Charles Buck Theological Dictionary
Is that assent which we give to a proposition advanced by another, the truth of which we do not immediately perceive from our own reason and experience; or it is a judgment or assent of the mind, the motive whereof is not any intrinsic evidence, but the authority or testimony of some other who reveals or relates it. The Greek word, translated faith, comes from the verb, to persuade; the nature of faith being a persuasion and assent of the mind, arising from testimony or evidence.
1. Divine faith, is that founded on the authority of God, or it is that assent which we give to what is revealed by God. The objects of this, therefore, are matters of revelation. 1 John 5:9 .
2. Human faith, is that whereby we believe what is told us by men. The objects hereof are matters of human testimony or evidence.
3. Historical faith, is that whereby we assent to the truths of revelation as a kind of certain and infallible record, James 2:17 , or to any fact recorded in history.
4. The faith of miracles, is the persuasion a person has of his being able, by the divine power, to effect a miracle on another, Matthew 17:20 . 1 Corinthians 13:2 . or another on himself, Acts 14:9 . This obtained chiefly in the time of Christ and his apostles.
5. A temporary faith, is an assent to evangelical truths, as both interesting and desirable, but not farther than they are accompanied with temporal advantages; and which is lost when such advantages diminish or are removed, Matthew 11:24 . Luke 8:13 .
6. Faith in respect to futurity, is a moral principle, implying such a conviction of the reality and importance of a future state, as is sufficient to regulate the temper and conduct.
7. Faith in Christ, or saving faith is that principle wrought in the heart by the Divine Spirit, whereby we are persuaded that Christ is the Messiah; and possess such a desire and expectation of the blessings he has promised in his Gospel, as engages the mind to fix its dependence on him, and subject itself to him in all the ways of holy obedience, and relying solely on his grace for everlasting life.
These are the ideas which are generally annexed to the definition of saving faith; but, accurately speaking, faith is an act of the understanding, giving credit to the testimony of the Gospel; and desire, expectation, confidence, &c. are rather the effects of it, than faith itself, though inseparably connected with it. Much has been said as to the order or place in which faith stands in the Christian system, some placing it before, others after repentance. Perhaps the following remarks on the subject may be considered as consistent with truth and Scripture:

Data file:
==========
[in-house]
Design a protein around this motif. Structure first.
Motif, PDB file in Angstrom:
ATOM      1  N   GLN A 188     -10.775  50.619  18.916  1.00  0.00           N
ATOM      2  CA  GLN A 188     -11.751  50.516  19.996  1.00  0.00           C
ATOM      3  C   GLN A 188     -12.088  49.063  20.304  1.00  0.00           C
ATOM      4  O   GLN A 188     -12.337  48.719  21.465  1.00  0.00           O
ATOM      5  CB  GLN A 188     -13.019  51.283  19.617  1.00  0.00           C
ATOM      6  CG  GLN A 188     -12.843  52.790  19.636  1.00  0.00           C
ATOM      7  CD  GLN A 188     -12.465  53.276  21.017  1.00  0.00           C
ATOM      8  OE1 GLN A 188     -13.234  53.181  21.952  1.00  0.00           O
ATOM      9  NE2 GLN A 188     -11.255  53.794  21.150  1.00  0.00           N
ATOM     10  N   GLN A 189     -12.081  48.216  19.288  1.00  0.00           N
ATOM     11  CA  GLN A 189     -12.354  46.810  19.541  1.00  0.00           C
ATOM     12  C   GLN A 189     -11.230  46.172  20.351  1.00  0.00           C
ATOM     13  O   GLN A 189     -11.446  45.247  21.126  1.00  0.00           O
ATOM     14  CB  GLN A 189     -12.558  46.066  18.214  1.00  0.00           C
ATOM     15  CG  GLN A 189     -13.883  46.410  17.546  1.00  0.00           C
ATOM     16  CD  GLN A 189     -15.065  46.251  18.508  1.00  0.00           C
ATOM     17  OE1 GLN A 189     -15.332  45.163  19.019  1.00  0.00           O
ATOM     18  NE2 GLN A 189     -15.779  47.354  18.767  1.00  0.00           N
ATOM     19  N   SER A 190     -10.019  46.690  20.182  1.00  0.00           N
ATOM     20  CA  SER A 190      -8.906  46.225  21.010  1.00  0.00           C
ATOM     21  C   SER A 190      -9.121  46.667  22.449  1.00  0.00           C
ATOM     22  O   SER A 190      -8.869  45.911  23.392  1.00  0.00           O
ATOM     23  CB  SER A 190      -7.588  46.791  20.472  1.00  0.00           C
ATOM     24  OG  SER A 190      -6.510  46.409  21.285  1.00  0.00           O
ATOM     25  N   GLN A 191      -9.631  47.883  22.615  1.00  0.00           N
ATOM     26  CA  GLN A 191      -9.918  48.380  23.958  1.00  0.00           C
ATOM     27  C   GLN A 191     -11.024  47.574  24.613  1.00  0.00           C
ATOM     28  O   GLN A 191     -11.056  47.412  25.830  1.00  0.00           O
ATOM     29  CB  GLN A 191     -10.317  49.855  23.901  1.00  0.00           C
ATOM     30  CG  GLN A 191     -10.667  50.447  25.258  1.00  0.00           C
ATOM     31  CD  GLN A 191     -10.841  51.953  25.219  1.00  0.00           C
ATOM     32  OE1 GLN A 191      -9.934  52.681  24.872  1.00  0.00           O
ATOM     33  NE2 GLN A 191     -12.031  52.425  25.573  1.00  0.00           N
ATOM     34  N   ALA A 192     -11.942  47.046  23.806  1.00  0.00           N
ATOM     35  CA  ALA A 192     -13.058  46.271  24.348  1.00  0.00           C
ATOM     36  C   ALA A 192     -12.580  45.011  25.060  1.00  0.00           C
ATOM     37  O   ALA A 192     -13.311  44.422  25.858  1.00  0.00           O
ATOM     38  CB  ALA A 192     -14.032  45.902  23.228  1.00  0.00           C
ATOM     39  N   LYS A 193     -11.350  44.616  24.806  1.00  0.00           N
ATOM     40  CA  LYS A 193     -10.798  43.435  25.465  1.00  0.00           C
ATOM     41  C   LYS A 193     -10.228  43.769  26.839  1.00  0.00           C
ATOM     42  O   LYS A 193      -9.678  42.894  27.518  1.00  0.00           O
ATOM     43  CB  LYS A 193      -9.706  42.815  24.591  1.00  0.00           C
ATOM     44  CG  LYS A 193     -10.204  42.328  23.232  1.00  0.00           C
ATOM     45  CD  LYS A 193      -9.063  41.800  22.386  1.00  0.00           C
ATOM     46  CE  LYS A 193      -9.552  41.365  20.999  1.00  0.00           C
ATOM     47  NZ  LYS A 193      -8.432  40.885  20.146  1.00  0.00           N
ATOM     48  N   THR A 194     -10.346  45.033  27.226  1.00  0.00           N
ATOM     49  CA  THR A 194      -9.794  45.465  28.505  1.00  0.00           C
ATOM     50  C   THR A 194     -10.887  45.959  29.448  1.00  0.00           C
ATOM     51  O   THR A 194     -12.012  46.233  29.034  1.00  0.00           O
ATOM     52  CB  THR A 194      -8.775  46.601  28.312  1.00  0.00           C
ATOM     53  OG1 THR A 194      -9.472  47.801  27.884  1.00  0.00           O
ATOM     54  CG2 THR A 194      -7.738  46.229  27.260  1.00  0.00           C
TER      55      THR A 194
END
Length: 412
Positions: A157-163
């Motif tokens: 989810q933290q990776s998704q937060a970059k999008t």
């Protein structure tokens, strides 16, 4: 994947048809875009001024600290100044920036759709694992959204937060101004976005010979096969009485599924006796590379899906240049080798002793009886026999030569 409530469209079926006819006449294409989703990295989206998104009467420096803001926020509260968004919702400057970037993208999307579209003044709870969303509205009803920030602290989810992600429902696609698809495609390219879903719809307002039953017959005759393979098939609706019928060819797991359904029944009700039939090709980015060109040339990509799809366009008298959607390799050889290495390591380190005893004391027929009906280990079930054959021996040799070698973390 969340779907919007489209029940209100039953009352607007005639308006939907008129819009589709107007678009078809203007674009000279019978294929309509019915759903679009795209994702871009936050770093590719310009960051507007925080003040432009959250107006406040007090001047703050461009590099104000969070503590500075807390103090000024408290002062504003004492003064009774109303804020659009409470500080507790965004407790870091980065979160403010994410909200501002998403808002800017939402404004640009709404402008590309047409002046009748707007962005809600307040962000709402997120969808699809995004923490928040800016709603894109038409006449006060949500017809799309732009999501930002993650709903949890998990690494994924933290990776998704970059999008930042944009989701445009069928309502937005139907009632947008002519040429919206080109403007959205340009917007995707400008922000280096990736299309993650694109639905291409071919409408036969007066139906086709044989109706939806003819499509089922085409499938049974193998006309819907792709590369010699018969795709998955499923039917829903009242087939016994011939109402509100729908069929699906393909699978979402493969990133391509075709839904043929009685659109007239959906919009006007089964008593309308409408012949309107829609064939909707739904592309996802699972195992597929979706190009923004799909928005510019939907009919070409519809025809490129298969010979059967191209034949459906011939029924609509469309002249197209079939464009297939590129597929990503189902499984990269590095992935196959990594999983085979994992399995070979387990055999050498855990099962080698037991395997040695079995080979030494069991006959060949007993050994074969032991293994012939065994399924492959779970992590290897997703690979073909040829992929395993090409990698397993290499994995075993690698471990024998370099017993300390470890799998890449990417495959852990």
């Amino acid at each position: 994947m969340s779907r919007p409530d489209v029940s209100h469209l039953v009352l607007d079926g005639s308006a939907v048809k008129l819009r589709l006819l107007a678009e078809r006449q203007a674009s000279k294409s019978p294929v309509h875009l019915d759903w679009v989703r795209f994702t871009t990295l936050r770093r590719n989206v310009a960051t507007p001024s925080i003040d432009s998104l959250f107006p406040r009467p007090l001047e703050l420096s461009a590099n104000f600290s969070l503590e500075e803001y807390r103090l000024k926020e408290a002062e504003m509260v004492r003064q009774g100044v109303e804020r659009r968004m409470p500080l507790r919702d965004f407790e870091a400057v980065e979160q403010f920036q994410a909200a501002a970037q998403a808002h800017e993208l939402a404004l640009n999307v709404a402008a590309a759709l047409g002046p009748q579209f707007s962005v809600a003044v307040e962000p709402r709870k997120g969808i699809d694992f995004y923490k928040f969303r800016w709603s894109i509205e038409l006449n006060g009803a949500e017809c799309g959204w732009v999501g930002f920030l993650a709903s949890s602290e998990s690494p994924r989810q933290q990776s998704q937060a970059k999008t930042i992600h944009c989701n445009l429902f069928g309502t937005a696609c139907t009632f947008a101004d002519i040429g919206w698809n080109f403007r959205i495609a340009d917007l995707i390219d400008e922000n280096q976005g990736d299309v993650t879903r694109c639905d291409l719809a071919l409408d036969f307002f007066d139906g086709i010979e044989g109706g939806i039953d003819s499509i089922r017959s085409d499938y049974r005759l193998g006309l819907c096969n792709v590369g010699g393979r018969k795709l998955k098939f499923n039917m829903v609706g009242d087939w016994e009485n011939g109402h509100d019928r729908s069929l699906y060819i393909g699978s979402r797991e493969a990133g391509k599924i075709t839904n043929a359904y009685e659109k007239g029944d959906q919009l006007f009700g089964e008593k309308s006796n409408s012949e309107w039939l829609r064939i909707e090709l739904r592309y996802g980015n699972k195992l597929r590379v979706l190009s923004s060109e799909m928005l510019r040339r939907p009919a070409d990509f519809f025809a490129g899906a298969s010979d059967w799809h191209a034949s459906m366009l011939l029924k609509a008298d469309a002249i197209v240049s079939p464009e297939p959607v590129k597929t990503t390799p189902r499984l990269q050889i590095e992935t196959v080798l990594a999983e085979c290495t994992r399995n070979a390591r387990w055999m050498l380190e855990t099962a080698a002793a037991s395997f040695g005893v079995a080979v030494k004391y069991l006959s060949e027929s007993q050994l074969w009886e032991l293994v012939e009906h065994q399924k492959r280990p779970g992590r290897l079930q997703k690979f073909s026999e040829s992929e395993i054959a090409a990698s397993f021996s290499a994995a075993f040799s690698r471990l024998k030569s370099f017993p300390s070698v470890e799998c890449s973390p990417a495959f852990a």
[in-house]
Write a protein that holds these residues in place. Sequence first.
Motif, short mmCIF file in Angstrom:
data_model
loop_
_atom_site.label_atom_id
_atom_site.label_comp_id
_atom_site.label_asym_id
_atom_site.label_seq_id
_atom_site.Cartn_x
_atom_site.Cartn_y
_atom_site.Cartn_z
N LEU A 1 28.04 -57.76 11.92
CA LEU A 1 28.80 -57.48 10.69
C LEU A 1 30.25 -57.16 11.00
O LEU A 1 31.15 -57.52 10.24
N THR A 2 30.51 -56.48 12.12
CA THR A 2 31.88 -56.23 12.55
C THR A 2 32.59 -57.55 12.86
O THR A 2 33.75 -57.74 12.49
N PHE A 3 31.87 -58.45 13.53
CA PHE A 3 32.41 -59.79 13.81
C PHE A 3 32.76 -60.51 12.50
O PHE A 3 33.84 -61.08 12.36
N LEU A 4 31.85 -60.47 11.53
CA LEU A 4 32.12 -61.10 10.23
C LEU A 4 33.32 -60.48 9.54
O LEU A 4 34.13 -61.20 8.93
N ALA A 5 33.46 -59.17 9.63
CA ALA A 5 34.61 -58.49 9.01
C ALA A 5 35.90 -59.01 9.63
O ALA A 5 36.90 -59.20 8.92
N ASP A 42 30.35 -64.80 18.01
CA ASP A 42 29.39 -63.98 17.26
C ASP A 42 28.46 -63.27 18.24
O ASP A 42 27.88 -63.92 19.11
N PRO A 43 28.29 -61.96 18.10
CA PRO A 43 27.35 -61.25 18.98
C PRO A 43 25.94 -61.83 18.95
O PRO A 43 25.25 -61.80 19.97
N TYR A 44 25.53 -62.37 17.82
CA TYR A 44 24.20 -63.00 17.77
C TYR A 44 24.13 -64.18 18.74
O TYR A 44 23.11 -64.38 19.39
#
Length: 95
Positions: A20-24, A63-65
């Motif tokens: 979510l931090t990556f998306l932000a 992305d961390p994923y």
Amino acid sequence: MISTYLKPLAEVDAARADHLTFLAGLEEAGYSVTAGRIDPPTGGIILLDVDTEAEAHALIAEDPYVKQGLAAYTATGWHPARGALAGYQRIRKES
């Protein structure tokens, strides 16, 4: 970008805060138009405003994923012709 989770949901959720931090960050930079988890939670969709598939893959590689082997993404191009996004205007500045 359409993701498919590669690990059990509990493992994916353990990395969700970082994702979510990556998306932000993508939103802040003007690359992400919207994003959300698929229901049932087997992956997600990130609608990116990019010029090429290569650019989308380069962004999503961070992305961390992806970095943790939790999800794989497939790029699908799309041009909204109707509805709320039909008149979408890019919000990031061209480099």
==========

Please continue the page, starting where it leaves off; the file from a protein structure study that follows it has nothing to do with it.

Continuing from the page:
1. Regeneration is the work of God enlightening the mind, and changing the heart, and in order of time precedes faith.â€”
2. Faith is the consequence of regeneration, and implies the perception of an object. It discerns the evil of sin, the holiness of God, gives credence to the testimony of God in his word, and seems to precede repentance, since we cannot repent of that of which we have no clear perception, or no concern about.â€”
3. Repentance is an after-thought, or sorrowing for sin, the evil nature of which faith perceives, and which immediately follows faith.â€”
4. Conversion is a turning from sin, which faith sees, and repentance sorrows for, and seems to follow, and to be the end of all the rest.
As to the properties or adjuncts of faith, we may observe,
1. That it is the first and principal grace: it stands first in order, and takes the precedence of other graces, Mark 16:16 . Hebrews 11:6 .â€”
2. It is every way precious and valuable, 1 Peter 2:1 .â€”
3. It is called in Scripture, one faith; for though there are several sorts of faith, there is but one special or saving faith, Ephesians 4:5
4. It is also denominated common faith; common to all the regenerate, Titus 1:4 .â€”
5. It is true, real, and unfeigned, Acts 8:37 . Romans 10:10 .â€”
6. It cannot be finally lost as to the grace of it, Philippians 1:6 . Luke 22:32 .â€”
7. It is progressive, Luke 17:5 . 2 Thessalonians 1:3 .â€”
8. It appropriates and realizes, or, as the apostle says, is the substance of things hoped for, and the evidence of things not seen, Hebrews 11:1 .
The evidence or effects of faith, are,
1. Love to Christ, 1 Peter 1:8 . Galatians 5:6 .â€”
2. Confidence, Ephesians 3:1-21
3. Joy, Romans 5:11 . Philippians 1:25 .â€”
4. Prayer, Hebrews 4:16 .â€”
5. Attention to his ordinances, and profit by them, Hebrews 4:2 .â€”
6. Zeal in the promotion of his glory, 1 Corinthians 15:58 . Galatians 6:9 .â€”
7. Holiness of heart and life, Matthew 7:20 . 1 John 2:3 . Acts 15:9 . James 2:18; James 2:20; James 2:22 .
See articles ASSURANCE and JUSTIFICATION, IN THIS WORK; and Polhill on Precious Faith; Lambert's Sermons, ser. 13. 14, &c.; Scott's Nature and Warrant of Faith; Romaine's Life, Walk, and Triumph of Faith; Rotherham's Ess. on Faith; Dove's Letters on Faith; A. Hall. on the Faith and Influence of the Gospel; Goodwin's Works, vol. 4:
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Buck, Charles. Entry for 'Faith'. Charles Buck Theological Dictionary. https://www.studylight.org/dictionaries/eng/cbd/f/faith.html. 1802.